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Stevie Walker-Webb at Baltimore Center Stage. (Photo by VSDavis Photography.)

Stevie Walker-Webb Named Baltimore Center Stage Artistic Director

Walker-Webb will assume the role Oct. 1, succeeding interim artistic director Ken-Matt Martin.

BALTIMORE: Baltimore Center Stage (BCS) has named Stevie Walker-Webb their new artistic director. Walker-Webb succeeds Ken-Matt Martin, who has been serving as interim artistic director since April, when Stephanie Ybarra departed.

“Stevie is a bold and thoughtful leader who matches artistic brilliance and delight with a history of placing art at the center of the work,” BCS managing director Adam Frank said in a statement. “At this
critical juncture in the American theatre, his passion, energy, and commitment to Baltimore make him an inspired choice for a vibrant future for BCS.”

“We are thrilled to pass the torch of leadership to Stevie Walker-Webb,” BCS board president Sandy Liotta said in a statement. “One of Stevie’s celebrated productions at BCS was Our Town, a story of community and life that Stevie staged as a compelling ode to the city of Baltimore and all its people. Stevie understands deeply the bond between the arts and our city.”

Walker-Webb is a director, playwright, and educator who was recently nominated for a Tony Award for directing the Broadway production of Ain’t No Mo’, which he also directed at the Public Theater. His work has been commissioned by the National Black Theatre and the American Civil Liberties Union, and he has directed productions with the Paper Mill Playhouse, the New Group, Classic Stage Company, and Woolly Mammoth Theatre Company. Walker-Webb has also written for the Emmy-nominated television show The Ms. Pat Show and is the founder of Hundreds of Thousands, an advocacy organization that uses the arts to raise awareness about the treatment of mentally ill incarcerated people and solitary confinement. He is the founding artistic director of the Jubilee Theatre in Waco, Texas, where his brother was incarcerated and subjected to over 100 days in solitary confinement, inspiring Walker-Webb’s arts activism.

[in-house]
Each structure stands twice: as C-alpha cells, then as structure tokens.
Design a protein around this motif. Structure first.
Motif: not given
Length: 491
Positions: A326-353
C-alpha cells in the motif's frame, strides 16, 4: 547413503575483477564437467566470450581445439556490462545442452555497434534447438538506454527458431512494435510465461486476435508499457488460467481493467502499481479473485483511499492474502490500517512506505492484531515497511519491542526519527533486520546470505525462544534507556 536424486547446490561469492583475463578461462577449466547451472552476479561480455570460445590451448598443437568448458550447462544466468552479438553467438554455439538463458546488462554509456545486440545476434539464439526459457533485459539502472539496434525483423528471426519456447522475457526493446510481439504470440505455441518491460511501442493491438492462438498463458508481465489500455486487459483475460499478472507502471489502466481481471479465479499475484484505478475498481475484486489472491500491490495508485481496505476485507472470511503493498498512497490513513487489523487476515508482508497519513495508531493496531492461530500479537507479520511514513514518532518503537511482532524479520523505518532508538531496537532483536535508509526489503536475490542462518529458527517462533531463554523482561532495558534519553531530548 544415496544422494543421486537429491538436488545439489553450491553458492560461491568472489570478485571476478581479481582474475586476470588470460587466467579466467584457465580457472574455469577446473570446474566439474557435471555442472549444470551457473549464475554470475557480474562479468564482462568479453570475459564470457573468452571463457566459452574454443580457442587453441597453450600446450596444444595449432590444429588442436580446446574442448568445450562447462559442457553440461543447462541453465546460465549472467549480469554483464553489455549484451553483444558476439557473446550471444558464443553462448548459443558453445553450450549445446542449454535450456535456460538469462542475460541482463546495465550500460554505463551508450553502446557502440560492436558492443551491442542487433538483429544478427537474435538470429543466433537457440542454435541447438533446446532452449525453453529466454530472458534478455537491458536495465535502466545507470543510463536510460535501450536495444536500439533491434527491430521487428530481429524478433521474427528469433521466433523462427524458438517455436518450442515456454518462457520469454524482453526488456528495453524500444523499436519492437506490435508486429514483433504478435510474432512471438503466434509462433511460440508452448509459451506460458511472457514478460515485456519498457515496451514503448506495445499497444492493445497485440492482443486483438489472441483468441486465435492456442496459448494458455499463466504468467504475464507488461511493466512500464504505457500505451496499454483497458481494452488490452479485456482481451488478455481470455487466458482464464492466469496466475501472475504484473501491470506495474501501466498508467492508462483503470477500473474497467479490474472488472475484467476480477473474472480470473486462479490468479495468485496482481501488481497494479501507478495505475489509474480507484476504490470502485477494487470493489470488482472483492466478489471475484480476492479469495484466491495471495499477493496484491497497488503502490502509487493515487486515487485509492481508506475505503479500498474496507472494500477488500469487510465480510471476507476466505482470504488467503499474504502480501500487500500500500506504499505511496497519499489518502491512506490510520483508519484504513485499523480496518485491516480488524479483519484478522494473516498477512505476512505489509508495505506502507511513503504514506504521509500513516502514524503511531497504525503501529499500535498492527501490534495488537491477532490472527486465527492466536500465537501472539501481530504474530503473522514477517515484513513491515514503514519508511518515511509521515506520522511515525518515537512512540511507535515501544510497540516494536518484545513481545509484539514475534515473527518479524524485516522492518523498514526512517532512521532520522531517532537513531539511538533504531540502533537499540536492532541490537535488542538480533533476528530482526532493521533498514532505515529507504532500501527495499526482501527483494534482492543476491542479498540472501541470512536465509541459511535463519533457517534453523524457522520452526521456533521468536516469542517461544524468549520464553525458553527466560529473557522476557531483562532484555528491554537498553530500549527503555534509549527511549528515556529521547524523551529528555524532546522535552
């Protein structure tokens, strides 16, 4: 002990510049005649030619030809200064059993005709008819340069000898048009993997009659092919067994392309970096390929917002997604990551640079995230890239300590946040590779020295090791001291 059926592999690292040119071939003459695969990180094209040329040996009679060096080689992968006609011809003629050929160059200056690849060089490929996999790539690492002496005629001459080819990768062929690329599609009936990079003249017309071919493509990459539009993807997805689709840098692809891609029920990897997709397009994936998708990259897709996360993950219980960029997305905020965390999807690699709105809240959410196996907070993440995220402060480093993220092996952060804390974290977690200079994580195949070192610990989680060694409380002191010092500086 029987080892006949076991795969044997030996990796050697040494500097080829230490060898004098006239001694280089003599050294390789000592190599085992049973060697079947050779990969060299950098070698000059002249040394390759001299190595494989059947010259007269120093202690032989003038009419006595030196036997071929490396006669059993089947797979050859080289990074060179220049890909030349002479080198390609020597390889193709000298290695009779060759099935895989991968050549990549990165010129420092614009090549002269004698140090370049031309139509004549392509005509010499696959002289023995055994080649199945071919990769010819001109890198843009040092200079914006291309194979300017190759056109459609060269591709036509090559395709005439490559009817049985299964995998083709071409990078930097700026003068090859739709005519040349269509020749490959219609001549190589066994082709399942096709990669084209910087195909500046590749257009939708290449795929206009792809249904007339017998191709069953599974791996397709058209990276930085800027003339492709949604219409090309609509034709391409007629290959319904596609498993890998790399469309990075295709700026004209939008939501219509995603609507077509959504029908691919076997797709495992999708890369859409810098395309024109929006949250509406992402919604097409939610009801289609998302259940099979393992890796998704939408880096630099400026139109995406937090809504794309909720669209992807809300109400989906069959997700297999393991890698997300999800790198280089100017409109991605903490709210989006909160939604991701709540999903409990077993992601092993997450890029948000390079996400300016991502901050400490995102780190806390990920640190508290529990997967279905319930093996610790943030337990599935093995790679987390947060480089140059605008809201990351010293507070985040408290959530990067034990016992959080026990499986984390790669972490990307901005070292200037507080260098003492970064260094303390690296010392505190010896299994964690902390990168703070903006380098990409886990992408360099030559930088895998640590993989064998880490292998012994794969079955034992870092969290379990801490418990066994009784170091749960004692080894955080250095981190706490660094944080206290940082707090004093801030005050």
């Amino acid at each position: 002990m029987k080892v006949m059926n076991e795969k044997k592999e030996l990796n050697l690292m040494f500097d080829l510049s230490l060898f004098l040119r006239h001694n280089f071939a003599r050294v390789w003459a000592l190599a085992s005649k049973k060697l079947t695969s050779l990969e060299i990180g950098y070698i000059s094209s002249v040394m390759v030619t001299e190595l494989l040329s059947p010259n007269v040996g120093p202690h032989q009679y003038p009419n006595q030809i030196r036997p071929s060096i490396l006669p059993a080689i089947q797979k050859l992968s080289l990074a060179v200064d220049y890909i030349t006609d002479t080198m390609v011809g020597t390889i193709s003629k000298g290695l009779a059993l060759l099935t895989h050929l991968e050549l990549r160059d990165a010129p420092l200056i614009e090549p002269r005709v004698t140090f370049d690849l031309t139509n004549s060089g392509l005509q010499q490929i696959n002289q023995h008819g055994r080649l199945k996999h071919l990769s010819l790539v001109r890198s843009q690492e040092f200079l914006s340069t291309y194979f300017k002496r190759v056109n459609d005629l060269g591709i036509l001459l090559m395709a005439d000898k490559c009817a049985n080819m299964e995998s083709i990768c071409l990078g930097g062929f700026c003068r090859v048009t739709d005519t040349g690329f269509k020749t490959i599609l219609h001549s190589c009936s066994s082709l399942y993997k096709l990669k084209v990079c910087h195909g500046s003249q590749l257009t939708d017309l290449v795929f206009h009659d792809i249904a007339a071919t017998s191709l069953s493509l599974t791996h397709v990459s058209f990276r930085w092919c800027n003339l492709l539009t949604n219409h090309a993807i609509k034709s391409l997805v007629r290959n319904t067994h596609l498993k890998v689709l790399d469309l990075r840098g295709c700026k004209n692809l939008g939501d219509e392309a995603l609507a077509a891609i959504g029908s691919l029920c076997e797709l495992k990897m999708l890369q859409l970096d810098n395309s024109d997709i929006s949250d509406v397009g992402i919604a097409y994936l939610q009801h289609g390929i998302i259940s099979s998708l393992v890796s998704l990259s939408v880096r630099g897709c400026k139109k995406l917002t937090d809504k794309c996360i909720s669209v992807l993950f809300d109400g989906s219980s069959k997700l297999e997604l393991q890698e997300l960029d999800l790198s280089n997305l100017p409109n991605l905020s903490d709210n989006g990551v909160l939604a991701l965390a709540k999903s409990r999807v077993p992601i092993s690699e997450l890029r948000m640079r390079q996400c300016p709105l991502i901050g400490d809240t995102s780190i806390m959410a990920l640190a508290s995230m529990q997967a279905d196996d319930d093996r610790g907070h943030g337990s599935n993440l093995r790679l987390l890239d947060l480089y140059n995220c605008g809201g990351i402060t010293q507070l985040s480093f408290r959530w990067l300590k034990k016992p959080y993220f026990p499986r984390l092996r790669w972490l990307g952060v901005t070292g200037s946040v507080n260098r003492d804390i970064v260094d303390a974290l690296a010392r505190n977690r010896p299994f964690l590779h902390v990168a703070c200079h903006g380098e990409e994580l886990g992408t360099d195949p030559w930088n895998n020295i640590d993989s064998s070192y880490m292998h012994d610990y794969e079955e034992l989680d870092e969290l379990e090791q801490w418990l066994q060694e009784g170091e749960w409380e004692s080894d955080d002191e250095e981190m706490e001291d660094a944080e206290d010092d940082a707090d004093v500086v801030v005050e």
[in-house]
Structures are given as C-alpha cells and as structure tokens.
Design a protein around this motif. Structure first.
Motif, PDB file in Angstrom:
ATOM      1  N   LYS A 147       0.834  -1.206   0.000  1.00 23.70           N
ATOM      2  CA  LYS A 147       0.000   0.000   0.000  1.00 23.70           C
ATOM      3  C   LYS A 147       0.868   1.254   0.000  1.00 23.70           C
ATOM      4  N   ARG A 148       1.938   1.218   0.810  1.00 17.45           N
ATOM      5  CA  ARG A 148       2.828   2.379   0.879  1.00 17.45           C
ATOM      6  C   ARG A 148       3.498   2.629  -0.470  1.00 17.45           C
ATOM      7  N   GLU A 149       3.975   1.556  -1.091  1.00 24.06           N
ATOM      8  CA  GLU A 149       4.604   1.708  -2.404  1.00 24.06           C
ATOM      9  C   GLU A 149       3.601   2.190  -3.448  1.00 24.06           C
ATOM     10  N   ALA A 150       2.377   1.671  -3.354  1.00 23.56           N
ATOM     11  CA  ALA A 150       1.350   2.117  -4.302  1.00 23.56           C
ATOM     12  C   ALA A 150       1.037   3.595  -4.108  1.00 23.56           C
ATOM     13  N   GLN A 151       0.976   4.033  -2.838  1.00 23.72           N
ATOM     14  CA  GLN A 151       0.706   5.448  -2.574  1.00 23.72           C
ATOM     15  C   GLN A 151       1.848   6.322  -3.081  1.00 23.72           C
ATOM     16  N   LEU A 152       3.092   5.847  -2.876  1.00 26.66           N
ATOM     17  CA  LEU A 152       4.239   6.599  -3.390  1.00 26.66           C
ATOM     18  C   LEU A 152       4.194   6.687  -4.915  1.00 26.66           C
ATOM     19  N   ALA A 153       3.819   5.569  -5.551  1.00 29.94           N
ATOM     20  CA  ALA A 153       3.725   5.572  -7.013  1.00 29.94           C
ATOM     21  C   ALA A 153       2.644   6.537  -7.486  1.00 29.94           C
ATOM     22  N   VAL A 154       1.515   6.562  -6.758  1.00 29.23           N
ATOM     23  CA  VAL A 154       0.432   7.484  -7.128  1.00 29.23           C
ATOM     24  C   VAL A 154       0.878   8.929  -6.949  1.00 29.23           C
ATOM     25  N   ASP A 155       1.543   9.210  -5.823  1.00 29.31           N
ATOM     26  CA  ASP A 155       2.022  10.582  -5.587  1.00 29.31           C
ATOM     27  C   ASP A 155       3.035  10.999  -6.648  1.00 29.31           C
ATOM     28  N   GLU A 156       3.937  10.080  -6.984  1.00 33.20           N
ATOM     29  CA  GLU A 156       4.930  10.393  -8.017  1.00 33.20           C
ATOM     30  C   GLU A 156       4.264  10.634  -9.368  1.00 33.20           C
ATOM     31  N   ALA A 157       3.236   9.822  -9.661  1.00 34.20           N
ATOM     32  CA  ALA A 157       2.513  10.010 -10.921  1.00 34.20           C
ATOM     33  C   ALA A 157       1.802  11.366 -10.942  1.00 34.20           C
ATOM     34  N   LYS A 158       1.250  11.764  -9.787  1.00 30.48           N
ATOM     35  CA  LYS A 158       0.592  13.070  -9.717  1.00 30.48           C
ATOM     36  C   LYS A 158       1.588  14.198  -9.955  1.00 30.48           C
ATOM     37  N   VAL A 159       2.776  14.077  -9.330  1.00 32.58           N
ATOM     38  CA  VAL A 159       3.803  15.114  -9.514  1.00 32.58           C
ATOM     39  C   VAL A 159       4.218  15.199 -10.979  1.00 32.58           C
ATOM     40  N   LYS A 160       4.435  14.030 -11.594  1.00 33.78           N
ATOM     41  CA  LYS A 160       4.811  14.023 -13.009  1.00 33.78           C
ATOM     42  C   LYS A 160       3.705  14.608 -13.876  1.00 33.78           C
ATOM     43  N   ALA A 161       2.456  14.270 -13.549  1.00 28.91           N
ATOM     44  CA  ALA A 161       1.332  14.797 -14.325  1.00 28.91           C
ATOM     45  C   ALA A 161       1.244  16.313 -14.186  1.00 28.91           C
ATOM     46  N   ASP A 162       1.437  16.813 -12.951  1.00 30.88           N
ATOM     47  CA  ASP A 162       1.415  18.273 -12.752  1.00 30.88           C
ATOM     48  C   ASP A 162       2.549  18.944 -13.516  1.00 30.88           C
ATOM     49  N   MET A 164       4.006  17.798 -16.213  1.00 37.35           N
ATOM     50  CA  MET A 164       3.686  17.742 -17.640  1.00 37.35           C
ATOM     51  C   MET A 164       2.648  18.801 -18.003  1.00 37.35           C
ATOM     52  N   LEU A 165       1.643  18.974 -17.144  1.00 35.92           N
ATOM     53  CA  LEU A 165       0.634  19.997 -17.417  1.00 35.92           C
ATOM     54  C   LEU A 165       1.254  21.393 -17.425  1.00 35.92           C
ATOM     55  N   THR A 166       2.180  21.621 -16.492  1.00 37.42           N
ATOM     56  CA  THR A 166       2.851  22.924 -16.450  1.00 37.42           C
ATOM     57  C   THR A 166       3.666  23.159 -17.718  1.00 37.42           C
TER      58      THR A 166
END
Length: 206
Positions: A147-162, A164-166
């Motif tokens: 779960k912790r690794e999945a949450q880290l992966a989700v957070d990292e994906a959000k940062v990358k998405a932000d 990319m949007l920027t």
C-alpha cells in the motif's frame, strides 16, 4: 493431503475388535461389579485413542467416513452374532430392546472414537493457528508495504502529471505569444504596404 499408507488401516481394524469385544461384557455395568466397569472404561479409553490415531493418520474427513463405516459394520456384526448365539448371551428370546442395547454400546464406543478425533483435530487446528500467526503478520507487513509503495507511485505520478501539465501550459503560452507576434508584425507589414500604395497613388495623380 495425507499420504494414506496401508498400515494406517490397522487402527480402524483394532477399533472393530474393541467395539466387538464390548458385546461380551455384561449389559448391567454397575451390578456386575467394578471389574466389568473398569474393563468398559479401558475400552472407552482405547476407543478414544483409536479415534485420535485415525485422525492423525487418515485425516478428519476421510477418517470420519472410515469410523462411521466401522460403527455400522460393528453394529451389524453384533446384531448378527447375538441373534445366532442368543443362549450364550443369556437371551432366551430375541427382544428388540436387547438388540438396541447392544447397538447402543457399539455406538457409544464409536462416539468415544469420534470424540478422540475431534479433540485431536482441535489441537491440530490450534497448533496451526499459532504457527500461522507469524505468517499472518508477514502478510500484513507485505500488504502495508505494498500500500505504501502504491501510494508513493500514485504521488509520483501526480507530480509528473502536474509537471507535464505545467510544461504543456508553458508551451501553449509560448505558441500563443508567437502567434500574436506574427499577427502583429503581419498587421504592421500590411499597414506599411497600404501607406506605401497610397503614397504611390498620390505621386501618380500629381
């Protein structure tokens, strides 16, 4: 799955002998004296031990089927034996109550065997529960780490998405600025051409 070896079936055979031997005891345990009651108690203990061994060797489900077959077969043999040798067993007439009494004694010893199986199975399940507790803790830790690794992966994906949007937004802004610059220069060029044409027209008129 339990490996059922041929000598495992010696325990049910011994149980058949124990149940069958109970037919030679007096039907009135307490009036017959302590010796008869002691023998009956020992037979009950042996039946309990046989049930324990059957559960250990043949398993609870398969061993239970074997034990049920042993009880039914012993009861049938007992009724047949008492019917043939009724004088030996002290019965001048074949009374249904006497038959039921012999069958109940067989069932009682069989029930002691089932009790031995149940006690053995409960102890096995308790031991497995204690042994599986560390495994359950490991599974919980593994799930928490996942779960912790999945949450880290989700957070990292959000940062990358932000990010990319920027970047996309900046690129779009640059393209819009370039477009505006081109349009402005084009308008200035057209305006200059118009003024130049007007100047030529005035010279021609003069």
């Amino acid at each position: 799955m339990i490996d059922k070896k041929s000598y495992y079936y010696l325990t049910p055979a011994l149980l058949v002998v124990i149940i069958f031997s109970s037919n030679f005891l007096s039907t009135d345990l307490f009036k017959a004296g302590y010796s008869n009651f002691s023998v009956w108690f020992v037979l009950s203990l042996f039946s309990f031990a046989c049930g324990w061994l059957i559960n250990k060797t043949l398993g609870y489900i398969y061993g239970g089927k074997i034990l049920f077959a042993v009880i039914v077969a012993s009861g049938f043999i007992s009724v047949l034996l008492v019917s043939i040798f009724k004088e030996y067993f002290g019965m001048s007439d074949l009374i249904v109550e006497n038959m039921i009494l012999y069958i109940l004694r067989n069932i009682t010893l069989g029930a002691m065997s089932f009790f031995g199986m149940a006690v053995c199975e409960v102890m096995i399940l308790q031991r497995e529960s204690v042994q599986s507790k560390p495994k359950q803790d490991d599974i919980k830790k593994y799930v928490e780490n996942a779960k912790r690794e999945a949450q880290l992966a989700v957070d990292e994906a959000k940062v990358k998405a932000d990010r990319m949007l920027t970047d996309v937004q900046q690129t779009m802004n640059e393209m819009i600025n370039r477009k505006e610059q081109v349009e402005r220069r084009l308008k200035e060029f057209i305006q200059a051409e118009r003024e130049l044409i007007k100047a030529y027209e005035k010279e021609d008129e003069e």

A lecturer at Harvard University, Walker-Webb is the recipient of the Princess Grace Award, the Dramatists Guild’s Lily Award, an Obie Award, and a 2050 fellowship at New York Theatre Workshop. In addition to Our Town, he has also directed The Folks at Home and the past season’s Life is a Dream at BCS.

“From the moment I stepped into the lobby of Baltimore Center Stage, I intuitively knew that I’d found a creative home,” Walker-Webb said in a statement. “This theatre sits at the precise intersection of all the
things that matter to me both as an artist and as a civically engaged citizen. I am honored to be leading an institution that has over 60 years of proven commitment to its community, and I intend to deepen that commitment by working with the Baltimore Center Stage team to bring only the most exciting and cutting-edge art to our city. This theatre belongs to all of us, and my plan is to program plays that
will make Baltimore fall in love with live performance again and again.”

Walker-Webb will assume his role on Oct. 1.

Baltimore Center Stage, the state theatre of Maryland, aims to provide high-quality theatre and programming for community members, including youth and families. BCS ignites conversations and imaginations through an eclectic season of professional productions and engaging community and education programs. As of 2022, the theatre had a budget of approximately $7.7 million.

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